To help our clients avoid problems rather than try to repair any damage later on down the road, Margaret, a former adjuster, shares the issues that are “red flags” from an adjuster’s point of view.
Red Flags Adjusters Look for in Workers Comp Claims
Late Reporting –
When does the injured worker claim the incident happened and when was the injury formally reported to the employer, health services, or insurance company? The more time that passes, the bigger the red flag.
An automatic red flag is raised when a worker claims to have been injured on a Friday but doesn’t report it until Monday. It raises the question, were you genuinely injured on Friday at work or did it happen over the weekend. So, if you injure yourself on Friday, report it on Friday to avoid any doubt, even if the only way to reach your employer is through text or email.
Also, did you need medical treatment immediately or did you wait? The longer you wait, the more doubt about the severity of your injury and if it actually did happen at work.
Bottom line – report it right away, even if you don’t think you need medical care at that time.
If anyone is around who can verify the location, time, and how or why the injury occurred, get names and phone numbers. For example, were you lifting and did you complain or appear hurt? If you have witnesses, make sure they saw and know what happened to corroborate your claim when contacted.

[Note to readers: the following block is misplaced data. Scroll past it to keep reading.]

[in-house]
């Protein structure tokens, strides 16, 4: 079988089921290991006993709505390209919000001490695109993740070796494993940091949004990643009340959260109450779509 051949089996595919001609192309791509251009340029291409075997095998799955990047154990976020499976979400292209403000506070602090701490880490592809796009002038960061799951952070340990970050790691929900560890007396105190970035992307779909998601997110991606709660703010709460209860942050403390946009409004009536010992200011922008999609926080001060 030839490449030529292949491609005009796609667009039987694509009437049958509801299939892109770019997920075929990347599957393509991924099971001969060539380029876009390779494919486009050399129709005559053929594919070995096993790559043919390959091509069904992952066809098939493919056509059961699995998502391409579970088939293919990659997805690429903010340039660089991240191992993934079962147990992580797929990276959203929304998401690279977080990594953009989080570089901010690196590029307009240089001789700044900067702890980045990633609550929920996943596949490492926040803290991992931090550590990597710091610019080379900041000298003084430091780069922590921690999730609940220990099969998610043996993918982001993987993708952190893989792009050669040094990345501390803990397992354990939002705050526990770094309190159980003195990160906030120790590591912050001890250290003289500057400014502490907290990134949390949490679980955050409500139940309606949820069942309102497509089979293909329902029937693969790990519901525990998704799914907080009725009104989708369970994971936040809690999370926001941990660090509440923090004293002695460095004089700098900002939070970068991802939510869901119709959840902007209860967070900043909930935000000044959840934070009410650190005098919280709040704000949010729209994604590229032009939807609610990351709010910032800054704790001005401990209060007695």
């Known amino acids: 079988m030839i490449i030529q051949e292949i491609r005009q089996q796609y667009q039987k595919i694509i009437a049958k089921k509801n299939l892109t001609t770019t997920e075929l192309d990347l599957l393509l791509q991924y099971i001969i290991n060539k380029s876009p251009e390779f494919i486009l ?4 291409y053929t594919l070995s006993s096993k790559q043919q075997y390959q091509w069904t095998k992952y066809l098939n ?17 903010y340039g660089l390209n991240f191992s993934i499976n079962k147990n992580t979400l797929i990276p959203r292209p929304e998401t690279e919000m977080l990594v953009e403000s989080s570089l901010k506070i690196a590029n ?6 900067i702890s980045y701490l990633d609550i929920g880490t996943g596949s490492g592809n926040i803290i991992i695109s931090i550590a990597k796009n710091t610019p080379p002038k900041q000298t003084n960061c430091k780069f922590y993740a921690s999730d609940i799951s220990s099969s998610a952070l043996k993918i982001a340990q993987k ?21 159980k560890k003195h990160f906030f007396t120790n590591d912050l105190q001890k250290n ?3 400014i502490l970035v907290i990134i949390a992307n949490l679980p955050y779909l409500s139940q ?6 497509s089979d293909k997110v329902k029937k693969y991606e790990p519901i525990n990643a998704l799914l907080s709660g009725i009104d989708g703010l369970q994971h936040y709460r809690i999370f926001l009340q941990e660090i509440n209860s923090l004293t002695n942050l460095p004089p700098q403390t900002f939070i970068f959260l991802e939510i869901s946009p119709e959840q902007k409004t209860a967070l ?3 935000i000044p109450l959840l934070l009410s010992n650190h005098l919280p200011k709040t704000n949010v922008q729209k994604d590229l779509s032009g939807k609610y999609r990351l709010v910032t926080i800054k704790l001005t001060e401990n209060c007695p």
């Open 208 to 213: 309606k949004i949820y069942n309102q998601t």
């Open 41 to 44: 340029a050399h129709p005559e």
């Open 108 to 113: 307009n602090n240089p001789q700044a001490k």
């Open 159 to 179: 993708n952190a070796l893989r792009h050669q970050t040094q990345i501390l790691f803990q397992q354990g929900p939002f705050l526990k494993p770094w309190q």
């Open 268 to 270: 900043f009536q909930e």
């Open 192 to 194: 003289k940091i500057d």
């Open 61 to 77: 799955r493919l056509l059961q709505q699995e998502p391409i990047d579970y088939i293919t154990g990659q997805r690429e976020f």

Another big red flag is if your complaint sounds intentionally exaggerated. What happens if x-rays or an MRI show no visible injuries and you claim that your whole back, arm, or body hurts?
Doctors and adjusters will look for prior claims and injuries to the same body part, which isn’t a big deal on its own. However, if the client denies ever having a previous injury, that raises a red flag.
Always disclose any issues or problems from the past because when the truth comes out, your honesty will be in question, which could jeopardize your claim.
Recorded statements –
You’ll need to give an accurate history of the incident. An adjuster will look if your statements to the employer, doctor, and insurance company are consistent. If there are differences among those accounts, that’s a major red flag.
Complying with medical treatment –
If you are missing medical appointments or treatments, it may appear that your injury isn’t as severe as you claim. If this is the case, your temporary benefits could be cut off, especially if you are not working and getting paid lost wages.
Keep the lines of communication open with your employer.
If you have medical restrictions, but your employer can accommodate those restrictions, then try it out to see if you can do the job.